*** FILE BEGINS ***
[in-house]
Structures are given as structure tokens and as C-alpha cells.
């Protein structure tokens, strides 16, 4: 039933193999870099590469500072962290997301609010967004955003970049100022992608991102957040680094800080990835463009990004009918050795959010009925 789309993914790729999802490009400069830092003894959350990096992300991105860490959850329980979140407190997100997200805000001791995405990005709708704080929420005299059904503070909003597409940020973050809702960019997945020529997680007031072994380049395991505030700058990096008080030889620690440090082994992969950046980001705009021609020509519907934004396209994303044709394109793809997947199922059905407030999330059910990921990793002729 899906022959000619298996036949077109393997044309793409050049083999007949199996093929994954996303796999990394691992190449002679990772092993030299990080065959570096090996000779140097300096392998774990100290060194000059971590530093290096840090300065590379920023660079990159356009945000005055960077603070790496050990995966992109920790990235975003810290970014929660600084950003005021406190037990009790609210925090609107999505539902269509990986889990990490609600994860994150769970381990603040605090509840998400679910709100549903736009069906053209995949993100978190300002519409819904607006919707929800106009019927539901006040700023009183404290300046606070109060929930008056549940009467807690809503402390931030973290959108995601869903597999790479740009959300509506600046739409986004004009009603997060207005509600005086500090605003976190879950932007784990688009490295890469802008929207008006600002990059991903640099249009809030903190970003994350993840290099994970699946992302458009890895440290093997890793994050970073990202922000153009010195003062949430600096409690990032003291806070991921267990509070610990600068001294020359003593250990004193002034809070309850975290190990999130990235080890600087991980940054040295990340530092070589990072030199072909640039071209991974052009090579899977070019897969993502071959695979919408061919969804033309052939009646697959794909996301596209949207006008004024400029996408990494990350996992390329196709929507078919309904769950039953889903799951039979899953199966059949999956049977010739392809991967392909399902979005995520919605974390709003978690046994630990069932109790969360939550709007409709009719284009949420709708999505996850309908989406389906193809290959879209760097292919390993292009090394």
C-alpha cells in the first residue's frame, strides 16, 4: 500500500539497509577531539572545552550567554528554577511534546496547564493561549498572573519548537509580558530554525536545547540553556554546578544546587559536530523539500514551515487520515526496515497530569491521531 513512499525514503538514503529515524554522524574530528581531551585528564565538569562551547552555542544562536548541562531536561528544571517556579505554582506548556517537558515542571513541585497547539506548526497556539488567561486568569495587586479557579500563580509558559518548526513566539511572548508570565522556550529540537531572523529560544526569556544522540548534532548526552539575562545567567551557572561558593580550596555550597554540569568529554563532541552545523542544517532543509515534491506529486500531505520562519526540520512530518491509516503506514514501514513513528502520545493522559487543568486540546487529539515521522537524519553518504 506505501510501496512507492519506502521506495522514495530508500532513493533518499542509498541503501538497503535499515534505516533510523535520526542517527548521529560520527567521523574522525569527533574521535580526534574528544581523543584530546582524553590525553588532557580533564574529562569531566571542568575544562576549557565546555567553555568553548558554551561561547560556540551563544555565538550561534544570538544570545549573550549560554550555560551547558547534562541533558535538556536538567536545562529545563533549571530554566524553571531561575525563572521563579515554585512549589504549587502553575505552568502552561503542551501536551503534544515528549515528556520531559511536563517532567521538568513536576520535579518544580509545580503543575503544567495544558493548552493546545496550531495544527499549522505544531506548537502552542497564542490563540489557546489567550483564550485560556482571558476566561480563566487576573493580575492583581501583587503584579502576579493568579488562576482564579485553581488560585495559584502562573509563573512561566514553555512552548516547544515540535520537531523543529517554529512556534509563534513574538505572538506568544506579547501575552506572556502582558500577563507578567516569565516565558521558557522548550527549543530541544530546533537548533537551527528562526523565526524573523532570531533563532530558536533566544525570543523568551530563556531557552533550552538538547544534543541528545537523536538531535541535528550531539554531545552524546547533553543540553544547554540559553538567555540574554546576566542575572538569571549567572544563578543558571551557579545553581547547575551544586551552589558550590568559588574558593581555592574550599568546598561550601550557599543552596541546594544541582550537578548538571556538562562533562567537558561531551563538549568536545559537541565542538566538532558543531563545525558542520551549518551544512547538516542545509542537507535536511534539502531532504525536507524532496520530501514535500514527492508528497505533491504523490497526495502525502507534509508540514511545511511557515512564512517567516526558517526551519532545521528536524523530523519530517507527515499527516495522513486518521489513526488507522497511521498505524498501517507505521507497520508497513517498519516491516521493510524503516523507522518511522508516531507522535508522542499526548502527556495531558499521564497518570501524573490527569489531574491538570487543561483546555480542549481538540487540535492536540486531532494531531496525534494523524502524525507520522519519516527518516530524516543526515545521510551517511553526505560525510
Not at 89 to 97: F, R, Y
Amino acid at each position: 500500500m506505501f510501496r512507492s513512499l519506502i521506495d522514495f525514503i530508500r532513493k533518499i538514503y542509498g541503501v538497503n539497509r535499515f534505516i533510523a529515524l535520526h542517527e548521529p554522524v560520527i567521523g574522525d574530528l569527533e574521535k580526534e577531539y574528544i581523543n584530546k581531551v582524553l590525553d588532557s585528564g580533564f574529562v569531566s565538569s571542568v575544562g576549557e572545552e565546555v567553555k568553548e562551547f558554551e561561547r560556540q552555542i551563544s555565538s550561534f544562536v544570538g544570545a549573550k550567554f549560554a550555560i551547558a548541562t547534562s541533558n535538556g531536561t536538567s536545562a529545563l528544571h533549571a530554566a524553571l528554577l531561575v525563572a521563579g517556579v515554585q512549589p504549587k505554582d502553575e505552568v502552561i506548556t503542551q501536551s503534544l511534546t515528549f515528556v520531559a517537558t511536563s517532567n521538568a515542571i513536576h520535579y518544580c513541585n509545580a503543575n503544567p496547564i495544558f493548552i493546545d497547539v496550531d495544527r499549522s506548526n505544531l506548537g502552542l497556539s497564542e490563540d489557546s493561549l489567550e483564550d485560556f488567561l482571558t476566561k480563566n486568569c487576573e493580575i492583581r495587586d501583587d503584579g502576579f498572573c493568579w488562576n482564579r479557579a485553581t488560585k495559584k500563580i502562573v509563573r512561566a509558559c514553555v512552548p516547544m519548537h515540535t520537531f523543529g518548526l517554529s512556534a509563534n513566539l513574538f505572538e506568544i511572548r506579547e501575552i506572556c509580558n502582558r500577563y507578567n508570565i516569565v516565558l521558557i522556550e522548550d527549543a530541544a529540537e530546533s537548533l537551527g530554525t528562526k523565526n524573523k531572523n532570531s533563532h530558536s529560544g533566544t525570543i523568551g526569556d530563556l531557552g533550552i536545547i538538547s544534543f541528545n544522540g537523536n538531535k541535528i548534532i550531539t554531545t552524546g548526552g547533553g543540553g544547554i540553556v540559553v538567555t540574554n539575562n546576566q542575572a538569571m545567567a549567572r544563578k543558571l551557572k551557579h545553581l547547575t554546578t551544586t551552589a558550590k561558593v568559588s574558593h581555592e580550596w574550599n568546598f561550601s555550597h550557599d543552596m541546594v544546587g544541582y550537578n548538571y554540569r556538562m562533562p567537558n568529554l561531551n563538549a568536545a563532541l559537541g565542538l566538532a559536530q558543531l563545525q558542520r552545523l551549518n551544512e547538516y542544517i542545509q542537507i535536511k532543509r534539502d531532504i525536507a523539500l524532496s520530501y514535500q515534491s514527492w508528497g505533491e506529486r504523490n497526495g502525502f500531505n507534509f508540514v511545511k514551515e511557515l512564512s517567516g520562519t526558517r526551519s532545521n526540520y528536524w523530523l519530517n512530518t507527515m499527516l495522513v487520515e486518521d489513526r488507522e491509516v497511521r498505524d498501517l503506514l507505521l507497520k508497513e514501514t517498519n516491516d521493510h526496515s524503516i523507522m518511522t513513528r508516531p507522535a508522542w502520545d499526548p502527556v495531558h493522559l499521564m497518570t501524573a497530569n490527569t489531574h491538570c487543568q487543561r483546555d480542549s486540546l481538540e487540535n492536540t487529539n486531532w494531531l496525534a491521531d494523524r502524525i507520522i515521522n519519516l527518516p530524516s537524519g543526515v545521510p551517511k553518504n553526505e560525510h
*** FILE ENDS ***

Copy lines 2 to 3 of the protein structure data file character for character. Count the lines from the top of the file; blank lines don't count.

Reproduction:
Structures are given as structure tokens and as C-alpha cells.
């Protein structure tokens, strides 16, 4: 039933193999870099590469500072962290997301609010967004955003970049100022992608991102957040680094800080990835463009990004009918050795959010009925 789309993914790729999802490009400069830092003894959350990096992300991105860490959850329980979140407190997100997200805000001791995405990005709708704080929420005299059904503070909003597409940020973050809702960019997945020529997680007031072994380049395991505030700058990096008080030889620690440090082994992969950046980001705009021609020509519907934004396209994303044709394109793809997947199922059905407030999330059910990921990793002729 899906022959000619298996036949077109393997044309793409050049083999007949199996093929994954996303796999990394691992190449002679990772092993030299990080065959570096090996000779140097300096392998774990100290060194000059971590530093290096840090300065590379920023660079990159356009945000005055960077603070790496050990995966992109920790990235975003810290970014929660600084950003005021406190037990009790609210925090609107999505539902269509990986889990990490609600994860994150769970381990603040605090509840998400679910709100549903736009069906053209995949993100978190300002519409819904607006919707929800106009019927539901006040700023009183404290300046606070109060929930008056549940009467807690809503402390931030973290959108995601869903597999790479740009959300509506600046739409986004004009009603997060207005509600005086500090605003976190879950932007784990688009490295890469802008929207008006600002990059991903640099249009809030903190970003994350993840290099994970699946992302458009890895440290093997890793994050970073990202922000153009010195003062949430600096409690990032003291806070991921267990509070610990600068001294020359003593250990004193002034809070309850975290190990999130990235080890600087991980940054040295990340530092070589990072030199072909640039071209991974052009090579899977070019897969993502071959695979919408061919969804033309052939009646697959794909996301596209949207006008004024400029996408990494990350996992390329196709929507078919309904769950039953889903799951039979899953199966059949999956049977010739392809991967392909399902979005995520919605974390709003978690046994630990069932109790969360939550709007409709009719284009949420709708999505996850309908989406389906193809290959879209760097292919390993292009090394």